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Argo Hotel
1919 - 1926
This black and white photograph captures a small commercial district in Arlington. A packed dirt road cuts diagonally across the foreground of the image; the road is slightly humped to prevent water from collecting on the surface. A slightly overgrown patch of grass grows along the near side of the road, in the lower left corner, and a row of wood-frame buildings lines the far side. Located at the right side of the photograph, partially cut off by the edge of the image, is a large, two-and-one-half-story, gable-roof, wood-frame building that appears to have been constructed around the mid-19th century in the Greek Revival style. A first-story porch has been enclosed and houses a small store and the Arlington Post Office. A large window at the right end of the first story displays various sundry items in neat stacks. Shelves of goods can also be seen along the interior wall of the store. A striped awning is raised up over the store window. The post office is located at the left end of the first story. A metal mailbox hangs on the facade of the post office. A poured-concrete sidewalk, with a high curb, fronts the building. Separating the store and post office from the large building to the left is a small, dirt alleyway. Scrap wood is piled in a small heap at the back of the driveway, and a mature, deciduous tree stands at the edge of the driveway. The large building to the left of the alleyway is the Argo Hotel. The hotel is a very large, three-story, hipped-roof, wood-frame building. A decorative, two-story porch spans the facade. Wood chairs provide seating for hotel guests along the porch. Plants grow in window boxes outside some of the facade windows. A sign with a bell posted on the right side of the building indicates a telephone is available within. A dirt sidewalk runs along the front of the hotel and is lined with several, mature, deciduous trees. A typical 1920s-era automobile, with a hard top, is parked at the front of the hotel. The license plate affixed to the front fender indicates the image was likely taken between 1921 and 1926. The tree-lined sidewalk that runs in front of the large hotel continues along the remainder of the street past several wood-frame dwellings. The dwellings are largely obscured by the tree canopy; however, they all appear to have entry porches along their facades. Utility wires pass across the top edge of the image. The thick foliage suggests a summer season. This photograph was taken by a photographer for the Eastern Illustrating & Publishing Co. and contributed to the Landscape Change Program by the Penobscot Marine Museum, located in Searsport, ME. Eastern Illustrating was a postcard company located in Belfast, ME that took thousands of photographs throughout New England and upstate New York between 1909 through the 1950s. To order a print of this image or to learn more about the Eastern Illustrating & Publishing Company Collection visit our website: email: Christopher Weakley writes on 2016-11-11: This photo is mislabeled. The building in the center is the Arlington House Hotel. There was no such place as the Argo Hotel (unless that was a local nickname). Bill Budde writes on 2020-08-05: The view is Main Street in Arlington, Vermont, now known as Vermont Route 7A. The building on the right was Howard's Store and house a general store, the post office on the left side, and the Red Mountain Masonic Lodge upstairs. The inn is the Arco Inn, not 'Argo,' and was owned by the Arlington Refrigerator Company from 1920 through 1929.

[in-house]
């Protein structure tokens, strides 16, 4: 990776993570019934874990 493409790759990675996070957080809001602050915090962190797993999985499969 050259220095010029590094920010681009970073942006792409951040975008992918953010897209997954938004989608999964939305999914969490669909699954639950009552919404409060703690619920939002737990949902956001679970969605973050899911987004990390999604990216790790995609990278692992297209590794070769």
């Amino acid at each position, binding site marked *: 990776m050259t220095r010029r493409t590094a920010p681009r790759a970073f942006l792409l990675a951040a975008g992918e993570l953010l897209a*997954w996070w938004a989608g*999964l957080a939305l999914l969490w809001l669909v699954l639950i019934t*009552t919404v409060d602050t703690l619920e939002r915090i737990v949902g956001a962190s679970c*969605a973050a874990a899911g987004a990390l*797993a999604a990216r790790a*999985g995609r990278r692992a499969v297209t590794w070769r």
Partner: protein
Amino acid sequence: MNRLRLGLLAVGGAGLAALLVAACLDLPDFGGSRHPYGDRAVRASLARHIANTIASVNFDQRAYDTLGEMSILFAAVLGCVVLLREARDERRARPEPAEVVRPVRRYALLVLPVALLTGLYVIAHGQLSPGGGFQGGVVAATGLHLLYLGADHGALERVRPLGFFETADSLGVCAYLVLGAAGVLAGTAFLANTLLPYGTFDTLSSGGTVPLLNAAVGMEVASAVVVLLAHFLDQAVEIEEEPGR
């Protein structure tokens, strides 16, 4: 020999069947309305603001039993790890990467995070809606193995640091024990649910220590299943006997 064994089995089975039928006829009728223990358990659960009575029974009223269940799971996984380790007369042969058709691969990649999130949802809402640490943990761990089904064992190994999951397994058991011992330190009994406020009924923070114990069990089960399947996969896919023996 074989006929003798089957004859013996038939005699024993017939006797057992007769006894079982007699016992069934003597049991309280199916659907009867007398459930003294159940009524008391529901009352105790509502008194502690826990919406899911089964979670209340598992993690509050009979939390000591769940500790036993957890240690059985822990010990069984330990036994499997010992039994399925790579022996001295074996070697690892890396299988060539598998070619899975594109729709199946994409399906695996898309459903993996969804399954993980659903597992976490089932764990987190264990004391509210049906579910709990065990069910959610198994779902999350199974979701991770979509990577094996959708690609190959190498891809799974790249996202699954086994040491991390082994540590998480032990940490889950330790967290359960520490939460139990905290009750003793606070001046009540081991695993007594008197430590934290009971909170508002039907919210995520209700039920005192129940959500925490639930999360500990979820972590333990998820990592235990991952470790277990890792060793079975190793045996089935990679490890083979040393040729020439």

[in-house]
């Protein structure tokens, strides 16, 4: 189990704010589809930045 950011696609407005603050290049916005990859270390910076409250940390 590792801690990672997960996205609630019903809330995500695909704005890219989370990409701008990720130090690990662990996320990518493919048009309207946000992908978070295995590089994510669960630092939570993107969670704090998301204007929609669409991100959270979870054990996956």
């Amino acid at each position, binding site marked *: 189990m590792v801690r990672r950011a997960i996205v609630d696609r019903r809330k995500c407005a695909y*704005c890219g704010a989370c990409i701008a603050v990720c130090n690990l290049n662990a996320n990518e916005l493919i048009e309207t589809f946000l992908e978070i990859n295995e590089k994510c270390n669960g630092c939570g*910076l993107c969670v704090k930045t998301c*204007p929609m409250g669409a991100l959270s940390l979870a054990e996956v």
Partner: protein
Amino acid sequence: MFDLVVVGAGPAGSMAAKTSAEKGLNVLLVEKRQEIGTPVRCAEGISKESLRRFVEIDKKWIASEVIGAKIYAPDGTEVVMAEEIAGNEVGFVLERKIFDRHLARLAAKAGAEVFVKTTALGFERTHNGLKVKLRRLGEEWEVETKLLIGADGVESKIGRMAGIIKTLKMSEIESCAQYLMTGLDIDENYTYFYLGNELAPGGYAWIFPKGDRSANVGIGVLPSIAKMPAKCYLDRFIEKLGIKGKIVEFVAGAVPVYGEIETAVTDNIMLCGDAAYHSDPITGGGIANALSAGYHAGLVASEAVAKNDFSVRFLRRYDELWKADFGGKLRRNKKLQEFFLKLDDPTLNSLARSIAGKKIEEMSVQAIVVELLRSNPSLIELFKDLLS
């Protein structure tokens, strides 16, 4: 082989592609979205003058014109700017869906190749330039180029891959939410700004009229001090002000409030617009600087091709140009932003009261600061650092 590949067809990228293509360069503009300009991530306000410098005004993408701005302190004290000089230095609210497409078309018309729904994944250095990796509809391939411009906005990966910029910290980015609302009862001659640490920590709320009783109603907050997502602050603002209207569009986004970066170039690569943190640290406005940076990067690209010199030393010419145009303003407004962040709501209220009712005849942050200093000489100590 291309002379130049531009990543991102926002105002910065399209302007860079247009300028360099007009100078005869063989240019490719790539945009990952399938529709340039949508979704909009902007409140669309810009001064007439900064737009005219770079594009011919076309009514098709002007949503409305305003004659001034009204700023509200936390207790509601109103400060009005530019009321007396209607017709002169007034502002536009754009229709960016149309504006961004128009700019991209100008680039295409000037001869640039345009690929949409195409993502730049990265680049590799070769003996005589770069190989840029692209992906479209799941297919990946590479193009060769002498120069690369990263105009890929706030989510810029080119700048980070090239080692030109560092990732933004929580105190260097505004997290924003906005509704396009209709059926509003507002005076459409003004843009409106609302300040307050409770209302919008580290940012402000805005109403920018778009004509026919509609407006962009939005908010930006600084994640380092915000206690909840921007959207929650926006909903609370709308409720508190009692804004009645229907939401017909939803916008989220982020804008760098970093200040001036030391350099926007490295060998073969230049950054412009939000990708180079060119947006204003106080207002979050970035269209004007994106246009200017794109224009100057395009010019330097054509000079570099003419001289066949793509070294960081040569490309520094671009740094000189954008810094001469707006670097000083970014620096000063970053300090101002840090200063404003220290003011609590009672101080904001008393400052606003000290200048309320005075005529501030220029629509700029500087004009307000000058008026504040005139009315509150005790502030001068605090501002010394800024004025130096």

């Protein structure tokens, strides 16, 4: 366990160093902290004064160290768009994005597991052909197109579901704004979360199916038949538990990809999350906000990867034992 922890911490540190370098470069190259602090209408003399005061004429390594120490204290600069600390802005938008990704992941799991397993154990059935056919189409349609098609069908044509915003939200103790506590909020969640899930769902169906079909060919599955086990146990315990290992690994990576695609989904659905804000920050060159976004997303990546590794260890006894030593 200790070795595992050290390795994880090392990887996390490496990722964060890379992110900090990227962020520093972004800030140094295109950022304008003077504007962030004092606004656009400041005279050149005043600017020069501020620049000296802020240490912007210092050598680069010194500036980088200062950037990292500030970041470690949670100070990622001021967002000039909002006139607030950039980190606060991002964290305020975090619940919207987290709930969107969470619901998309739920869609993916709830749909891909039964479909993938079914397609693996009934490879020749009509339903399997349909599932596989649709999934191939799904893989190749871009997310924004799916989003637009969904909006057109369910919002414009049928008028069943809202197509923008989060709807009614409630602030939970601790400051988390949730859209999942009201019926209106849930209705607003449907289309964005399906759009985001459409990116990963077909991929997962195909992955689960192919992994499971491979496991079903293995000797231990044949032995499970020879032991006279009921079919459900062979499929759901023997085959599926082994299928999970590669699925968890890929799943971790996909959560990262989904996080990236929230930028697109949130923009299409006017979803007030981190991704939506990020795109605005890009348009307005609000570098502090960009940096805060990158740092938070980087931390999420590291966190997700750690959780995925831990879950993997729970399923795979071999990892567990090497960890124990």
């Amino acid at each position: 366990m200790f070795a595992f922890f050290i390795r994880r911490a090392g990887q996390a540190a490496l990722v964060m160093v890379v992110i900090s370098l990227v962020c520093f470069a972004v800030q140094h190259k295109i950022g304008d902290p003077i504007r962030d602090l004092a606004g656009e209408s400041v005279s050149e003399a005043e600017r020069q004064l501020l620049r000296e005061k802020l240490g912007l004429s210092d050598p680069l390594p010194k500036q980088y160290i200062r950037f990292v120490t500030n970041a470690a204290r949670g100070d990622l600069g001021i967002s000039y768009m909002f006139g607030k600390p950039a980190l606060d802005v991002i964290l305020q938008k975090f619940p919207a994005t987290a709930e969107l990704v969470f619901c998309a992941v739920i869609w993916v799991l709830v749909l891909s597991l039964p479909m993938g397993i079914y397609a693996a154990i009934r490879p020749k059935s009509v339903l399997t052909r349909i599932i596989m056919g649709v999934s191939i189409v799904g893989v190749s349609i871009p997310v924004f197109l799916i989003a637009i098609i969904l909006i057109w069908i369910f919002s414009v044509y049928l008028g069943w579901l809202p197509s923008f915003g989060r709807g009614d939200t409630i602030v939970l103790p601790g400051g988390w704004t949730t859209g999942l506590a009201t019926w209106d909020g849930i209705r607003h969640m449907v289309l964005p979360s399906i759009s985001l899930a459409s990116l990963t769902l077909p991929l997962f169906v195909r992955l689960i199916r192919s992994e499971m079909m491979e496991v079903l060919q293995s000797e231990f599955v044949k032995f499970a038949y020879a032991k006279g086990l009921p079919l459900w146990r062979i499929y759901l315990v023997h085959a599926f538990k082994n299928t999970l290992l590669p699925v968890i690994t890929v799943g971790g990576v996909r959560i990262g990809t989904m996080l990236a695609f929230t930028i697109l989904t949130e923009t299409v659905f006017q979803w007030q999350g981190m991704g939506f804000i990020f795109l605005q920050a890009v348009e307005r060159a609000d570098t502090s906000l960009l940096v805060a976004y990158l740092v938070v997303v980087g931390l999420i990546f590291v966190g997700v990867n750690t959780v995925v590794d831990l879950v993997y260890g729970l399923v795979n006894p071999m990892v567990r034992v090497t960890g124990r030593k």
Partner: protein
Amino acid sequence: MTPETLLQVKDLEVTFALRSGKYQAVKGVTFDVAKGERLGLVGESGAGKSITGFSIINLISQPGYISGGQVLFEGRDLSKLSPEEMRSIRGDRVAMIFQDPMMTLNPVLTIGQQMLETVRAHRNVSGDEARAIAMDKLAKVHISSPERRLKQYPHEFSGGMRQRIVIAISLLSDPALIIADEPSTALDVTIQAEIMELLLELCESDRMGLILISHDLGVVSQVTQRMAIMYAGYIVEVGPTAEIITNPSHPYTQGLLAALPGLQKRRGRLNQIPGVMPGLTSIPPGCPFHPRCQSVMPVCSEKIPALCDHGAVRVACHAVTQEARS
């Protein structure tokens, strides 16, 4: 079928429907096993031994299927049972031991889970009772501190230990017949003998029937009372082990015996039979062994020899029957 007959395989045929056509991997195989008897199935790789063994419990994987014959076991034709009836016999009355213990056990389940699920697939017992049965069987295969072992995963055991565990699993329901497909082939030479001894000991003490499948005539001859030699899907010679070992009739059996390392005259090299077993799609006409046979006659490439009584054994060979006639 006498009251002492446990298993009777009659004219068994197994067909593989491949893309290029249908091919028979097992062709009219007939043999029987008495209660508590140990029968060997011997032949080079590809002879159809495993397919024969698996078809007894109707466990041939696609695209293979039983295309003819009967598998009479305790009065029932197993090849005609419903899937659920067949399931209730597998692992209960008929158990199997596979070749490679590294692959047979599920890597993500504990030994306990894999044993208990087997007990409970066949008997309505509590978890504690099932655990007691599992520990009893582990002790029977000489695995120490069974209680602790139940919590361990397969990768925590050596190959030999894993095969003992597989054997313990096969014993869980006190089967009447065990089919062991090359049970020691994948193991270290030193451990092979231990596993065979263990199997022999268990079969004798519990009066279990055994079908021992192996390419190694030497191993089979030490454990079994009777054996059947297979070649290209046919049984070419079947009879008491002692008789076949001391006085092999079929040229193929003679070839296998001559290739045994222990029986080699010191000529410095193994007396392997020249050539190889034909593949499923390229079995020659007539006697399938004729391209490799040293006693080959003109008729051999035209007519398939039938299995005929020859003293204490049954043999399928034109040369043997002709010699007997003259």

5136 x 3680 pixels; 12118386 bytes
Original Filename:
Original Metadata:
The Argo, Arlington, Vt. 1.
Automobiles; Buildings; Central business districts; Commercial buildings; Culture; Deciduous; Dwellings; Electric lines--Poles and towers; Forests and Plants; Hotels; Human Constructs; Landscapes; Living Things; Nature; Public buildings; Roads; Roads, Earth; Season; Shade trees; Sidewalks; Summer; Time; Transportation; Trees; Village communities; Wooden-frame buildings;
Penobscot Marine Museum
Eastern Illustrating & Publishing Company
Submitted By:
Elizabeth Andr´┐Ż
Submitted On:
Original Media:
Glass Negative
Scanning/Digitization/Creation Notes:
Epson Perfection V750 Pro. Computer is an Intel Pentium 4. Scanning software is Silverfast.
Image Scanned By:
Kevin Johnson
Eastern Illustrating & Publishing Company
Catalogue Information:
Relative Dating Rationale:
License plate
Times viewed:
Landscape Change Menu New Breed Marketing New Breed Marketing University of Vermont University of Vermont The National Endowment for the Humanities National Science Foundation Linthilac Foundation